Time and Chance Doesn’t Happen to Us All


Again I saw that under the sun the race is not to the swift, nor the battle to the strong, nor bread to the wise, nor riches to the intelligent, nor favor to those with knowledge, but time and chance happen to them all. – Ecclesiastes 9:11

According to the bible, we are all subject to the randomness of life and the effects of time, regardless of our status, knowledge or skill. There are many days when that doesn’t seem true at all.

For those working in creative fields or knowledge working environments, time is something that is a critical ingredient for influencing the products that emerge from those settings. Time is needed to find information, process it, and make sense of it, particularly if that information is of a complex nature.

In the health sector, evidence-based decision-making is considered the gold standard. It stands to reason that using the best knowledge accumulated from what we’ve already done is a good idea when people’s health is at the centre of attention. But how often do we actually have the time to do actually get evidence, process it, and sense-make around it to apply it in a reasonable way? My informal read on my colleagues in the research and clinical practice fields is that the answer: none. Go to any meeting and nearly all the participants are at some point checking their Blackberry or iPhone in the meeting itself, or right before or immediately after. These are the times when we used to talk to each other, ask questions about each other, and build social relationships.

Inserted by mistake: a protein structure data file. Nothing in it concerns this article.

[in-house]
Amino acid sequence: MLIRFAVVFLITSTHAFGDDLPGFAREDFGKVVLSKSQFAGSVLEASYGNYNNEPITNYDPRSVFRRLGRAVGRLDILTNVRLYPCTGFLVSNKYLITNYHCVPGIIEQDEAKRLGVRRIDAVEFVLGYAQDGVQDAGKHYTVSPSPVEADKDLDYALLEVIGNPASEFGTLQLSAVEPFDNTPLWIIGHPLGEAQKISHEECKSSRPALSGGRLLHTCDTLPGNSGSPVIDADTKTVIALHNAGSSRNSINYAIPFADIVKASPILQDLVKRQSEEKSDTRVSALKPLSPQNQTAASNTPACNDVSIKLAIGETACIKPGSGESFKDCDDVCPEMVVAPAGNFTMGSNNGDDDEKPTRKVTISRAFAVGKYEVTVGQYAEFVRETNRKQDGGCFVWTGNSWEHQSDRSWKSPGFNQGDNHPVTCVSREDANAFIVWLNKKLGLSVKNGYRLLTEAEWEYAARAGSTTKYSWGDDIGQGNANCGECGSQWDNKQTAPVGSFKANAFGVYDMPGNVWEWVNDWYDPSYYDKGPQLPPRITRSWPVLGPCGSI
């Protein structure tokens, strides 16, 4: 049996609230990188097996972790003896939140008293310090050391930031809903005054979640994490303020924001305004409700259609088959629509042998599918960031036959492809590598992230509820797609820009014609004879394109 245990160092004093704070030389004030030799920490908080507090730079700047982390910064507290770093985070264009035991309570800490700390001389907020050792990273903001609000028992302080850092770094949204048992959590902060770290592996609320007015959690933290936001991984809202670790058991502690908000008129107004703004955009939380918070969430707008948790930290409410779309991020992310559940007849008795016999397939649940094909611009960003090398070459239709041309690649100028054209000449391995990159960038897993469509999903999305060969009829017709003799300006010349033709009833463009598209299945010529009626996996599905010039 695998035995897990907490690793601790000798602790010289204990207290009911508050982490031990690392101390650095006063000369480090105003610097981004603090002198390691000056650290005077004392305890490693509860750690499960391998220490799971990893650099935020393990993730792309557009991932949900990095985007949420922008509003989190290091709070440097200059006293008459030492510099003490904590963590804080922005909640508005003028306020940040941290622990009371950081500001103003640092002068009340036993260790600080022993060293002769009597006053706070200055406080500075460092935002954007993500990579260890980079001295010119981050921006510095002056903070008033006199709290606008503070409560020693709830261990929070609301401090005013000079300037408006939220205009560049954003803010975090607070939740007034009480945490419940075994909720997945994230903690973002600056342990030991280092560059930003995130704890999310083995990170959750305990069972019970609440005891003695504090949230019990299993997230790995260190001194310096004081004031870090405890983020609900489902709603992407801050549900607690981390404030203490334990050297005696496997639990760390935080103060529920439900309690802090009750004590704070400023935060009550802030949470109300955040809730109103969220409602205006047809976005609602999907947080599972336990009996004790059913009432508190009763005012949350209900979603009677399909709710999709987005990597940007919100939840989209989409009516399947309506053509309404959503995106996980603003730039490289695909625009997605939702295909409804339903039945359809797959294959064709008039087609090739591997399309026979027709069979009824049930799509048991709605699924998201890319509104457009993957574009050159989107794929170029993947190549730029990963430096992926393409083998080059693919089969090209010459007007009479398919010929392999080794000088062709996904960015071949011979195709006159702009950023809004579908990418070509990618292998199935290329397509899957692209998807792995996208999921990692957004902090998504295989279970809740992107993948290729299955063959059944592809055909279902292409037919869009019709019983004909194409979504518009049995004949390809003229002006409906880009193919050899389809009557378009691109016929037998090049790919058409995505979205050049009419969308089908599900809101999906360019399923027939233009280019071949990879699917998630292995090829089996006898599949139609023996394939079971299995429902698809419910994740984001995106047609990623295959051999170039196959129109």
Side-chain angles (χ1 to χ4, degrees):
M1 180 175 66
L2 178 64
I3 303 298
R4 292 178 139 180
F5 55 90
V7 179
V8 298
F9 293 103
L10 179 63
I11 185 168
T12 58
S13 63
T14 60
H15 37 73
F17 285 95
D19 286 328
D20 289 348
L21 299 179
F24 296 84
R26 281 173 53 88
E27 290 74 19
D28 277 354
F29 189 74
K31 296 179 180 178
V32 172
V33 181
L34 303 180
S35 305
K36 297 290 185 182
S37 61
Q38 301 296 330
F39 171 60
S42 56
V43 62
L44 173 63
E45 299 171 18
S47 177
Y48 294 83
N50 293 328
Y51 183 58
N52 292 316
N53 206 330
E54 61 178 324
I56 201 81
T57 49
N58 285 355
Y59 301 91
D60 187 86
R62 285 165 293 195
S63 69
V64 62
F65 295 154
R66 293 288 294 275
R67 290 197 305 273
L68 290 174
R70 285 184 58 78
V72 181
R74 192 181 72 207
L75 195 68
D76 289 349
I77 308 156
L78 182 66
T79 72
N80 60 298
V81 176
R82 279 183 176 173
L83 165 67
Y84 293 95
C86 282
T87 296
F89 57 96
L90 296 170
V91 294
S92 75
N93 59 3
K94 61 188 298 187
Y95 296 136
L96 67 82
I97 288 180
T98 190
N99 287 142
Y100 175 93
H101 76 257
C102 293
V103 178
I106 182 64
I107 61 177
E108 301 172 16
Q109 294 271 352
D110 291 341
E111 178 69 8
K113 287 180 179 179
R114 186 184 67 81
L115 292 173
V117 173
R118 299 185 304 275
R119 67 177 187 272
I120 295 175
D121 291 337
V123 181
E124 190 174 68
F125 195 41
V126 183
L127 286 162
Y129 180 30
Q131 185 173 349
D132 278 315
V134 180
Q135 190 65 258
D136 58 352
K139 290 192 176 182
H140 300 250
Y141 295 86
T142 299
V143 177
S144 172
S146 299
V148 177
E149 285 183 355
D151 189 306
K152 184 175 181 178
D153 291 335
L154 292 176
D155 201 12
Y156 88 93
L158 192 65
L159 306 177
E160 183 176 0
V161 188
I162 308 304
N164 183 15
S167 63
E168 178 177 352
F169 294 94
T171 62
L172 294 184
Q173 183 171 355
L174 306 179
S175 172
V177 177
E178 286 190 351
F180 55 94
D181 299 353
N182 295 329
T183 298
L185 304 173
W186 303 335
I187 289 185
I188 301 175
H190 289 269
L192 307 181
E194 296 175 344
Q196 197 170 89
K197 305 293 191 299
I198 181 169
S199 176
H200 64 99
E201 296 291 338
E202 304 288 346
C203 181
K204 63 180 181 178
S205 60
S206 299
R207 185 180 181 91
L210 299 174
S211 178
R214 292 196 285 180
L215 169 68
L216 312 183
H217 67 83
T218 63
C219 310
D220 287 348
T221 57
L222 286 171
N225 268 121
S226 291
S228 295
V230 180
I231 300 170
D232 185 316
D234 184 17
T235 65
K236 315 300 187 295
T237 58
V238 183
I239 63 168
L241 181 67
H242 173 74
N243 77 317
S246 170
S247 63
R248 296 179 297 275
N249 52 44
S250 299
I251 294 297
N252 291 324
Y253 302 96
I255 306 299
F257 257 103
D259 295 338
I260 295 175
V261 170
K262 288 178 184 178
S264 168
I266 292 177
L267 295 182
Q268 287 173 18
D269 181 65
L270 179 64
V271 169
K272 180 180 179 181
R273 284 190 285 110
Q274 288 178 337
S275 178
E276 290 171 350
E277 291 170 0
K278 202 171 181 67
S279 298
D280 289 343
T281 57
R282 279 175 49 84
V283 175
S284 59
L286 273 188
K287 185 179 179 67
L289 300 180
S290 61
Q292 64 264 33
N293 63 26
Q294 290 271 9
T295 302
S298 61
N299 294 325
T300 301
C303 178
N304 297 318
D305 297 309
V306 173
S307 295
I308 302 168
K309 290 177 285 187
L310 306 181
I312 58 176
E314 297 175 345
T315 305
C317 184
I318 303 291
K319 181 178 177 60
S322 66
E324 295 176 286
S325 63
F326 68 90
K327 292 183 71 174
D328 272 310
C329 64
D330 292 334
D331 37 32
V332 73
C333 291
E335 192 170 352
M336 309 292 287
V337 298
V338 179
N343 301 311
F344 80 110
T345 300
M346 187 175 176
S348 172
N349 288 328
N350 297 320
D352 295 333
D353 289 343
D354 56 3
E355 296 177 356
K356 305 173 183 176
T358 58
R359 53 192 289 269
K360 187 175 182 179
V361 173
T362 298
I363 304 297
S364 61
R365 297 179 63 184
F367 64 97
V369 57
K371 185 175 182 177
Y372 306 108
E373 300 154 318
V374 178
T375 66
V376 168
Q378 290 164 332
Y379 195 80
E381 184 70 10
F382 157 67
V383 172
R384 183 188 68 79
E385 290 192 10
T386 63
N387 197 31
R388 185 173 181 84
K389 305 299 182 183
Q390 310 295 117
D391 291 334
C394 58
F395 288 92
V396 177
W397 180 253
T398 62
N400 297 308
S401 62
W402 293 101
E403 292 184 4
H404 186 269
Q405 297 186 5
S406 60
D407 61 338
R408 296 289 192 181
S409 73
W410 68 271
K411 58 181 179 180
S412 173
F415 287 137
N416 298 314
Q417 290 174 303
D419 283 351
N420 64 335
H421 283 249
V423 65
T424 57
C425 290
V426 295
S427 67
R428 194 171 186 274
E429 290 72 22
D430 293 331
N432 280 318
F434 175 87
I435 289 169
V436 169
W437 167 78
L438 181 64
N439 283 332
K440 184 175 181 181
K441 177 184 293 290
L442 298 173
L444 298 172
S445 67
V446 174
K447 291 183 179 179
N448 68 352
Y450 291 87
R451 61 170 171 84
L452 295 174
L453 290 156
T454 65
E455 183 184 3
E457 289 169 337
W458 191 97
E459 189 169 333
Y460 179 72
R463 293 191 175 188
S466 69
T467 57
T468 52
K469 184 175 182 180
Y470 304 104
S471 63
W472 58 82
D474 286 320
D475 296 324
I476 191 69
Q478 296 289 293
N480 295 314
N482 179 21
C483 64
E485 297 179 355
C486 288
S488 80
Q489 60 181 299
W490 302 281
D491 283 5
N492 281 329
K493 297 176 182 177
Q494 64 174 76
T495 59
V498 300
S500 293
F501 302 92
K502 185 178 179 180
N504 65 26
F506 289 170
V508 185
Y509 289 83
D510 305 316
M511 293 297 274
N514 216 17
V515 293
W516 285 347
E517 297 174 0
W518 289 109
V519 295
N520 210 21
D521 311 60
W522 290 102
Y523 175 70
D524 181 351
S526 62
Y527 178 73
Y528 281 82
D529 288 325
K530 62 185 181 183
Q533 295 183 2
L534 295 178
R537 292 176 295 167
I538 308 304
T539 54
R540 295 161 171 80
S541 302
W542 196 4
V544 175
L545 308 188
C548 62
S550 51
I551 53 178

Now, its addressing the mountain of email that seems to be growing.

Chance, those opportunities to take advantage of spontaneous emergence of information, is also lost. By being so focused on the information coming in through mobile devices, or in one’s own memory, we lose opportunities for the sense-making that enables us to discover new things.

So we have this remarkable paradox where the demands for more, better, appropriate, timely knowledge is greater than ever on problems that are becoming ever-more complex with more tools to generate and sort this information, and no time to actually use it effectively.

In my health behaviour change course we look at literature on changing all kinds of behaviour from eating, physical fitness, smoking, sexual health promotion, and beyond, but not time. Perhaps it is time for that to change, for if that element changes, the chance that it will lead to improved health and innovation might increase along with it.

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